Daniel Alfredsson was right.
The Detroit Red Wings were closer to a Stanley Cup. Five games closer.
That was the difference between this year’s Red Wings and the only other NHL organization that he’s ever known.
As fans so often do, they took sides: with one pulling for Alfredsson to win a Cup once the Senators were mathematically eliminated from postseason contention; and the other admonishing the Swede for spurning the Senators and relishing the opportunity to root against the Red Wings.
It was just another example of an incident within professional sports in which no party came out ahead – the fans, the Ottawa Senators or Daniel Alfredsson – because of greed and money.
Alfredsson was denied in his pursuit of a Cup.
Fans were robbed of an opportunity to see a Hall of Fame player remain with the organization throughout his career and honour him appropriately when the time comes.
His absence created a ballyhooed leadership void that Jason Spezza will likely pay the price for this summer when he is traded. As an aside, it’s pretty ironic that an organization that publicly yearns for more leadership and accountability is paving the way to rid itself of their best veteran player. Admittedly however, it’s not like the organization can come out and say, “We can’t re-sign our captain to the contract extension he wants because we do not have faith in his ability to stay healthy over the duration of the contract term that he’ll be (or is) looking for in his extension.” It is pretty shitty nevertheless that people will cling to this leadership angle when any prospective trade involving Spezza simply comes down to a risk averse hockey ops decision.
Not only did the Senators lost their captain, they lost one of their most marketable players. Perhaps most strikingly, the situation was really the first instance in which money became a prominent storyline to the Senators 2013/14 season. From Alfie to the casino, to the ability to add a player, to all the talk of an internal budget, everything came down to money and Alfie was just the tip of the iceberg.
To help curb the backlash from fans and throw fans off the scent, Bryan Murray swiftly dealt Jakob Silfverberg, Stefan Noesen and a 2014 first round pick for Bobby Ryan.
It was a heavy price to pay and until the Senators move Ryan or ink him to an extension, the jury still remains out on whether it was a good trade.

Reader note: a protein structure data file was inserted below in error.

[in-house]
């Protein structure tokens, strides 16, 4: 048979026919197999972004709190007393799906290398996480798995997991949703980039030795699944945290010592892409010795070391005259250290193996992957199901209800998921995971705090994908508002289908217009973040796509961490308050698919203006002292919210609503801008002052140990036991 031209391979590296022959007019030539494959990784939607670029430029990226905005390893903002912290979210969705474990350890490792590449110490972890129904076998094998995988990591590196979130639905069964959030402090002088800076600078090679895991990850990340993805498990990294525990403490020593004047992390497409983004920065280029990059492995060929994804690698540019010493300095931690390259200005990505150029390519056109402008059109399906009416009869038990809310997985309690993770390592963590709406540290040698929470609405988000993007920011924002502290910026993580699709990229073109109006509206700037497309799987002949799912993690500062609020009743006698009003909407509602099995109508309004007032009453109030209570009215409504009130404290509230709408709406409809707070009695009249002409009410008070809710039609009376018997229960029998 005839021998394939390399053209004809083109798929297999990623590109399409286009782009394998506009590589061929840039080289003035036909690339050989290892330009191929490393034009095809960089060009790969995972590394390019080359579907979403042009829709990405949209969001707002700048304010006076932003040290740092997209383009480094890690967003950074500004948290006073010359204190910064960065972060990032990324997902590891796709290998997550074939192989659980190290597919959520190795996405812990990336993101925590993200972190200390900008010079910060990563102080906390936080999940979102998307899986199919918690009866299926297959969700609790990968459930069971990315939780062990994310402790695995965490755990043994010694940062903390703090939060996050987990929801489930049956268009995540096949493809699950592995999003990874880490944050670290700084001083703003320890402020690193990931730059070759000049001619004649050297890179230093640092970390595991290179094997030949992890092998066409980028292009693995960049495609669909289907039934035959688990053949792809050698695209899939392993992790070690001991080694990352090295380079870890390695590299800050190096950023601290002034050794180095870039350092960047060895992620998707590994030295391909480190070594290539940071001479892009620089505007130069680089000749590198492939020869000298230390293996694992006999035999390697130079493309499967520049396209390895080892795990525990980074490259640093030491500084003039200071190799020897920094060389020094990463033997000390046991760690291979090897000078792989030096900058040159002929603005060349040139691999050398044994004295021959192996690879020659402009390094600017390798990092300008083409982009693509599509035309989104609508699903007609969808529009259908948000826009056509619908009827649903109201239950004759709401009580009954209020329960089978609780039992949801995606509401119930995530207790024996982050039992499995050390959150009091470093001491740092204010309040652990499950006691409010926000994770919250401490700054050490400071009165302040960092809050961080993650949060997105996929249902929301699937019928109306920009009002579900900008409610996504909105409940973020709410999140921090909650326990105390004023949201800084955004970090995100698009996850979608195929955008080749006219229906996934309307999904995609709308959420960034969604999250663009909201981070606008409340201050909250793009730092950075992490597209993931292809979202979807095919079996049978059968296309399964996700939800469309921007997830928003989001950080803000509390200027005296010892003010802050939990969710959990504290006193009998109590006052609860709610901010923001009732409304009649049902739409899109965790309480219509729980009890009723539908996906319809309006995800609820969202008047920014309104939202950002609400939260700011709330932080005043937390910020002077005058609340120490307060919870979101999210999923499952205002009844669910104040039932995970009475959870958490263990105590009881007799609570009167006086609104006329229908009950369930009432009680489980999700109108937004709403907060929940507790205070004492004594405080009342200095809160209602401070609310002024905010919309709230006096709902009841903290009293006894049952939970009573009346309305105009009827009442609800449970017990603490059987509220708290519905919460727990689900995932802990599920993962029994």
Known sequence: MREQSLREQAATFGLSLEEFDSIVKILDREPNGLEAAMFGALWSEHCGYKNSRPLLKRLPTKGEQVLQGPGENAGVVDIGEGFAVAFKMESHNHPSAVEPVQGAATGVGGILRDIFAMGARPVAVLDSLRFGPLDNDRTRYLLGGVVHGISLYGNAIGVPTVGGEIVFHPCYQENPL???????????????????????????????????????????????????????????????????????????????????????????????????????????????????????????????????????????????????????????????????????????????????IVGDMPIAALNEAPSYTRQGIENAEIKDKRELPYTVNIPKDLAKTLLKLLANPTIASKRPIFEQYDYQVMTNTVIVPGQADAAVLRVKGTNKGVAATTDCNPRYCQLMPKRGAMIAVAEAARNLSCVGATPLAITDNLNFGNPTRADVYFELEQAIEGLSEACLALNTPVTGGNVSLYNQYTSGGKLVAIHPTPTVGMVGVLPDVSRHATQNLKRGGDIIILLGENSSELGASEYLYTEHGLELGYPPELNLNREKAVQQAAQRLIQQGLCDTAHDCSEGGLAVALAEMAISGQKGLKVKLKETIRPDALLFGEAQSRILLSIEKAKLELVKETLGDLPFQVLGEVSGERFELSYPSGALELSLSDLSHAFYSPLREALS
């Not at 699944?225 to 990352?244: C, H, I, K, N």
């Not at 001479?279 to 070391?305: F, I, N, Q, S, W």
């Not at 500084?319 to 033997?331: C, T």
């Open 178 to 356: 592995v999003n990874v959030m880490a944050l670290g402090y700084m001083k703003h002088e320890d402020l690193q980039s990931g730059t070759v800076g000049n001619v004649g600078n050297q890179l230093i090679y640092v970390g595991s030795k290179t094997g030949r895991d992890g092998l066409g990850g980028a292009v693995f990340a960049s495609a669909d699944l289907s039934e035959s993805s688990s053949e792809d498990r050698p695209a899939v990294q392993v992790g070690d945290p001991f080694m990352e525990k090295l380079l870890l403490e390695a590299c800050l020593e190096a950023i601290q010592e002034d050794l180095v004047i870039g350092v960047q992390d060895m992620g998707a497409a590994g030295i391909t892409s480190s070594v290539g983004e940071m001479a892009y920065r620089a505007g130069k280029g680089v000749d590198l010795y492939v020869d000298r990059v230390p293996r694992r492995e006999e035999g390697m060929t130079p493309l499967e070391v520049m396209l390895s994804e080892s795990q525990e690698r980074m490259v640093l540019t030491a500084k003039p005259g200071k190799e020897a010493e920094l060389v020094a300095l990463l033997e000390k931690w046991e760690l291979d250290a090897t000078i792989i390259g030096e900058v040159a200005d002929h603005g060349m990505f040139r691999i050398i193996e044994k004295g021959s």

Although the move offset some of the resentment harbored by the fan base, looking back, the decision to acquire Ryan seems somewhat odd if the organization literally cannot afford to supplement its roster with more talented (and expensive) players.
Even shortly after the trade, Eugene Melnyk was adamant that the Ryan acquisition was predicated on Ottawa’s inability to afford Alfie and Ryan.
Bryan Murray eventually tried to downplay Melnyk’s comments, saying that he believed he could have found a way to bring both players into the fold.
Looking at the situation with the short-term in mind, most fans were smitten with the Ryan deal. It helped that Ryan’s personality and candor resonated with the fans, but perhaps most importantly, fans optimistically believed that the team was better on paper with Ryan than they were had they kept Alfie.
Unfortunately Ryan’s sports hernia injury hampered his on-ice performance and eventually ended his season and with it, the Senators fell short of expectations and missed the postseason – giving the Anaheim Ducks the tenth overall selection in the 2014 NHL Draft.
From a long-term perspective, if the team was and will continue to struggle augmenting its roster with better players to give it the best chance to contend or take it to the next level, one cannot help but wonder whether it was a smart move to parlay so many cost controlled assets for a player who had little term left on his contract – essentially giving the player all of the leverage in any prospective contract negotiations.
Acquiring Ryan for futures was the kind of “we’re going for it” moment that would make sense if the organization was going to follow it up with more moves designed to push this team toward contention.
Instead, there’s a very good chance that the Senators will move Jason Spezza – the captain who seems to be bearing the brunt of the attacks at this team leadership and accountability — this summer for futures, and will lose Milan Michalek and Ales Hemsky to unrestricted free agency.
Depending on how Ryan’s contract extension talks go, he could join this growing list of players who may wind up leaving town.
Would fans we worrying about any of this had Alfredsson and the Senators put their egos aside and been able to reach an agreement?
We’ll never know, but as it stands, the Senators are caught in a holding pattern and until this summer’s events play out, nobody will know whether the Senators are that much further ahead than they were a year ago.
The same could be said of Alfie’s situation in Detroit. The Red Wings could ultimately decide that they want to go in a different direction and make a more concerted effort to get younger and give greater opportunities to their younger players.
Alfie may no longer be a part of Detroit’s future, but he should have been a part of ours.
The Red Wings may have technically been closer to Stanley Cup contention, but in the end, everyone lost.
Other News and Notes…
Senators 2013 first round pick Curtis Lazar was named the WHL’s Eastern Conference Most Valuable Player after his Edmonton Oil Kings knocked off the Medicine Hat Tigers in five games. Lazar had four goals and six points in these games and his Oil Kings will face the Portland Winterhawks in the WHL Finals.